First Multi-Species Fish Hatchery Soon In Kerala
Central Institute of Brackishwater Aquculture has partnered with Fisheries Department to set up the first of its kind hatchery in the state
Kochi: Setting a stage for increasing the brackishwater fish production in Kerala, the Chennai-headquartered ICAR-Central Institute of Brackishwater Aquculture (CIBA) has partnered with the state Fisheries Department to set up a multi-species fish hatchery under the aegis of the government.
An MoU was signed between the CIBA and Agency for Development of Aquaculture (ADAK) of the Government of Kerala for the establishment of the hatchery at Odayam in Thiruvananthapuram district, following the initiatives taken by Fisheries Minister J Mercykutty Amma. According to the MoU, the CIBA will provide scientific and technical support to the government for developing captive breeding and seed production technology of commercially important brackishwater fishes—Asian seabass, milkfish and Kerala’s state fish pearl spot. The hatchery will target seed production of these species throughout the season enabling continuous seed production. In addition to being a seed production centre, the partnership between CIBA and the state government also aims to support critical human resources development in the niche area through regular and continuous hands-on training programmes.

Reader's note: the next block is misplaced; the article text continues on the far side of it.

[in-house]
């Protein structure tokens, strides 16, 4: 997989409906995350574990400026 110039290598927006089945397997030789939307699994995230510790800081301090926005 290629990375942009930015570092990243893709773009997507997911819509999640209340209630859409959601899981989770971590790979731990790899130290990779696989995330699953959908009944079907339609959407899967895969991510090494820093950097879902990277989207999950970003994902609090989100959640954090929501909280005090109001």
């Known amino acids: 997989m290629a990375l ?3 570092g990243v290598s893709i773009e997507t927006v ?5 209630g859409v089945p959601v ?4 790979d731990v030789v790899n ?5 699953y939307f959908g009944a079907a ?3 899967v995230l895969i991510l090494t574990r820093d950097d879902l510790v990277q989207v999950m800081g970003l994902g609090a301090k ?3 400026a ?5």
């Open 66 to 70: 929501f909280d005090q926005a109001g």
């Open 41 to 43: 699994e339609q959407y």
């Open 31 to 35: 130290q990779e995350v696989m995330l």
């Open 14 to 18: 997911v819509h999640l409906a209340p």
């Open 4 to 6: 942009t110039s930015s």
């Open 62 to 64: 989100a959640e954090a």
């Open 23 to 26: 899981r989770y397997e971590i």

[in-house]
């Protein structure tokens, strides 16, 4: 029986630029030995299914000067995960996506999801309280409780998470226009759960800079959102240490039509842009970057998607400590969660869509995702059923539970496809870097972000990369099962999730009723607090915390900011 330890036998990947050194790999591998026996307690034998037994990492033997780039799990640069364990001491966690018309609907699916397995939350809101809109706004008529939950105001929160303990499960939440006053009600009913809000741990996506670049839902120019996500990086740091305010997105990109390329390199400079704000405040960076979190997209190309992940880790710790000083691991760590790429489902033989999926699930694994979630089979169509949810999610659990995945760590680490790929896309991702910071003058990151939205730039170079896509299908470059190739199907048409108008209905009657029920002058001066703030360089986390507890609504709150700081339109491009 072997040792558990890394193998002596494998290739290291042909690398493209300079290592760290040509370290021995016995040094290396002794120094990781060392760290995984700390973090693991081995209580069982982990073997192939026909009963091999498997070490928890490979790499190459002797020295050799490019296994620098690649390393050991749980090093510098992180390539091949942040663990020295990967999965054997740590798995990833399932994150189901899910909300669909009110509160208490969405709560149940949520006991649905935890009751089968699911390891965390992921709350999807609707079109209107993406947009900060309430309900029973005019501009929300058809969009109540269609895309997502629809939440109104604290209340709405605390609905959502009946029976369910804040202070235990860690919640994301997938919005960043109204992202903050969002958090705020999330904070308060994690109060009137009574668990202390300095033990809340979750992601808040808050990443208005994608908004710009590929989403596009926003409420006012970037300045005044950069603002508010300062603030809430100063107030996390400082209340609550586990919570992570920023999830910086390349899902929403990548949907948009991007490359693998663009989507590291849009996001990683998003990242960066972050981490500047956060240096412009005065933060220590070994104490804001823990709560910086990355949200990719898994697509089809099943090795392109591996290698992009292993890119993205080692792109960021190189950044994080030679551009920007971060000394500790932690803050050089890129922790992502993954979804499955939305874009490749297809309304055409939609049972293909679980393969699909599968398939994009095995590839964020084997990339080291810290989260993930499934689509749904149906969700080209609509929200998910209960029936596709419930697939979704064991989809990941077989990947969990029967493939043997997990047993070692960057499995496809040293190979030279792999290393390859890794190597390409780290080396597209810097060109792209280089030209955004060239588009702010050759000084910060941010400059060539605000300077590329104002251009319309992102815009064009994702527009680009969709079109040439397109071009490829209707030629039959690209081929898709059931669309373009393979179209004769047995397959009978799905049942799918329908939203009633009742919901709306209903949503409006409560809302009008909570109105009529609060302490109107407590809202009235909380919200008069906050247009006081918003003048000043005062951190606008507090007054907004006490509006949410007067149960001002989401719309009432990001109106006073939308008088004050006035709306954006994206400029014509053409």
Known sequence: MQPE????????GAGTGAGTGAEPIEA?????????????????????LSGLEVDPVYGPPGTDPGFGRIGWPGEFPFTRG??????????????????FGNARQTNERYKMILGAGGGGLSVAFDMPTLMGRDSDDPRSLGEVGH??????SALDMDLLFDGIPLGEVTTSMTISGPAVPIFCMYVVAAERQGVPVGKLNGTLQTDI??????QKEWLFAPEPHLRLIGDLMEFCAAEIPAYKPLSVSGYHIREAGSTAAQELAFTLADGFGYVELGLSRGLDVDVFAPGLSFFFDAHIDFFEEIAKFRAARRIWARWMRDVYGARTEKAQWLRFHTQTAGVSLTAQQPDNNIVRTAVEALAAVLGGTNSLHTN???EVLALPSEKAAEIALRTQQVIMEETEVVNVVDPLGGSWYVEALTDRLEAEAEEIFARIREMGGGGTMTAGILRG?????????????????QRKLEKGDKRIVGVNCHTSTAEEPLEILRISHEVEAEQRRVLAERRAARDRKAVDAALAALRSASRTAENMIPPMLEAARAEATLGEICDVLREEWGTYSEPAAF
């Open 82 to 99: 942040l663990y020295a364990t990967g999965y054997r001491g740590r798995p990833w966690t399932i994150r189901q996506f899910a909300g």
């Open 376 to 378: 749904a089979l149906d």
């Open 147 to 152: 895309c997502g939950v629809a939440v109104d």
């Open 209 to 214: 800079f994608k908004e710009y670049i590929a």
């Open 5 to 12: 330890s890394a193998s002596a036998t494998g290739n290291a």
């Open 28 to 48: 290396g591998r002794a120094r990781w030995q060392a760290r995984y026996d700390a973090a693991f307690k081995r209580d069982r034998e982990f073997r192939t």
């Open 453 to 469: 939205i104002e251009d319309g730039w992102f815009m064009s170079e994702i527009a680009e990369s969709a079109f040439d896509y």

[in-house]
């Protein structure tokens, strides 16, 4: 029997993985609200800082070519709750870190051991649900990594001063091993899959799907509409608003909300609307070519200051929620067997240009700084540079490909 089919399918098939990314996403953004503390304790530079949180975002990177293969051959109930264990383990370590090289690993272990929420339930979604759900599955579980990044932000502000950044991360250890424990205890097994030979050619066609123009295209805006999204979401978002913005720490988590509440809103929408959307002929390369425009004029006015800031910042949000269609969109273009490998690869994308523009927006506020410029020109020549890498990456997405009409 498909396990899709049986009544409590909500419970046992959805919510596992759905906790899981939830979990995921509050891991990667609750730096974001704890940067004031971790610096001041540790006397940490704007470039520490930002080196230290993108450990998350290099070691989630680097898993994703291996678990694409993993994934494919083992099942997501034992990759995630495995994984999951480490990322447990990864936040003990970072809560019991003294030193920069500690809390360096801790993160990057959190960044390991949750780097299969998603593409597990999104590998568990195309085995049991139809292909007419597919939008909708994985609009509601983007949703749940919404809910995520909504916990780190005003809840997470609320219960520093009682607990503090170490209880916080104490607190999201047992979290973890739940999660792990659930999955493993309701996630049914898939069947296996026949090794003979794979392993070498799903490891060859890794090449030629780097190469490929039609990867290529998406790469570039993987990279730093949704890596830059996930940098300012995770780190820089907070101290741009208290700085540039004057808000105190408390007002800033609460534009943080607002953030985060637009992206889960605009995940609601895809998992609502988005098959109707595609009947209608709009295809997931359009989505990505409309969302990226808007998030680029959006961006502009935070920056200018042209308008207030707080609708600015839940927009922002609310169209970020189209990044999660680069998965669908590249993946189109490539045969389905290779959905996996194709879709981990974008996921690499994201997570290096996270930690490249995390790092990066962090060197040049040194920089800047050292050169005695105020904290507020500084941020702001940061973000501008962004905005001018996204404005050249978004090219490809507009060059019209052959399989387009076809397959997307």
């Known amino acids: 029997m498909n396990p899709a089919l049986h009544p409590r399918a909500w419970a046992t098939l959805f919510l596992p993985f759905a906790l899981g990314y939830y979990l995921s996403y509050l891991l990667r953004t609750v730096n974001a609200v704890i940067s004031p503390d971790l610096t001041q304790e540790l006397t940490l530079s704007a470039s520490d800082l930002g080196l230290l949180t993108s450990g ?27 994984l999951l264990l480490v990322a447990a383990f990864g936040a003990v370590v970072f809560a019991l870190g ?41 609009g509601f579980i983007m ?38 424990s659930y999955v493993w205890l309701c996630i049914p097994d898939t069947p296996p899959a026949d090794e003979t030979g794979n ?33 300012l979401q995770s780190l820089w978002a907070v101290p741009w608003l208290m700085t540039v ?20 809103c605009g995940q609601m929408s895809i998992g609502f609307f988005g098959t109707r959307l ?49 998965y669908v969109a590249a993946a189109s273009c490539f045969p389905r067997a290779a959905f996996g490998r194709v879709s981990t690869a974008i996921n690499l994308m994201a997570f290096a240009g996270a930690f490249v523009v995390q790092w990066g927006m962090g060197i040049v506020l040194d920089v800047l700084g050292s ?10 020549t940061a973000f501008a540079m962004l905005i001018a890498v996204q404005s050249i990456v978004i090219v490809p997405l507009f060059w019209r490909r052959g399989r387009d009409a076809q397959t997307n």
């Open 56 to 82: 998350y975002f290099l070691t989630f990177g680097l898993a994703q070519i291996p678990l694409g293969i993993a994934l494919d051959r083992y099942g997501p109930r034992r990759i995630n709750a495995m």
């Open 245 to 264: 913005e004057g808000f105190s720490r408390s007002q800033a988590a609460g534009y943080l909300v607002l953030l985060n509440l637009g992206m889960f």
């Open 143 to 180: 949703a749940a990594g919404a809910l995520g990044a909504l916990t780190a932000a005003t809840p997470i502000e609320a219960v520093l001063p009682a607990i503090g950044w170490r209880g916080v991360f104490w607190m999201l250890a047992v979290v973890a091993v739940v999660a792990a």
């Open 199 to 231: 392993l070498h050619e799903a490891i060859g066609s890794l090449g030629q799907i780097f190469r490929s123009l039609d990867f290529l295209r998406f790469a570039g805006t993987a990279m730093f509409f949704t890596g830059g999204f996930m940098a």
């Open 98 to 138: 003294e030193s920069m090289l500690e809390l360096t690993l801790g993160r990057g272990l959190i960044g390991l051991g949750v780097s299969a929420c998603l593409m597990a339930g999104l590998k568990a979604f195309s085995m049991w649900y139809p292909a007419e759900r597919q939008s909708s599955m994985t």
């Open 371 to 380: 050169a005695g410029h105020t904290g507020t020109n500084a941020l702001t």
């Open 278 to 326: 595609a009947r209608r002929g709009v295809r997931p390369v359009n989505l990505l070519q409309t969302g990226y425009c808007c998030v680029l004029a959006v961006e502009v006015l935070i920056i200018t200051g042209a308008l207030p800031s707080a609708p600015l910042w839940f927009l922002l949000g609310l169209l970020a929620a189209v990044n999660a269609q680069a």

Dr. K.K. Vijayan, Director of CIBA described CIBA’s linkage as knowledge partner with the Kerala government a ‘game-changer’ in state’s brackishwater aquaculture sector as it, according to him, would become an ideal model for transfer of technologies in a farmer-focussed manner. The establishment of the much needed brackishwater multi-species hatchery is timely and would provide stimulus for augmenting brackishwater finfish production in the state along with enhancing the livelihood generation during every step of the fish production process, he said.
“Kerala is endowed with rich brackishwater resources to the tune of 1.26 lakh ha. Since timely availability of fish seeds in sufficient quantity is still a major constraint, the brackishwater aquaculture is yet to explore its potential resources. Timely availability of seeds in a farmer-friendly way will help develop the sector”, he said.
“Partnership between research institutions and the government agencies is crucial to develop and popularise sustainable aquaculture practice”, Dr Vijayan added.
“The proposed hatchery will help boosting the sustainable brackishwater fish production in the state as it addresses the critical issue being faced by the fish farmers—inadequate seed availability of brackishwater fishes”,said Tinku Biswal, IAS, Secretary to the Department of Fisheries and Chairperosn of the Executive Committee of the ADAK.
According to Dr M. Kailasam, Principal Scientist & Head-in-Charge of Fish Culture Division of CIBA, fish species such as seabass, milkfish and pearl spot are ideal for Kerala, considering resilient nature of the species to changing salinities and their market demand in the state. Dr Dinesan Cheruvat, Executive Director of the ADAK hoped that the agency could build up more technology partnerships in the areas such as hatchery, indigenous feeds, aquatic animal health and stock improvement.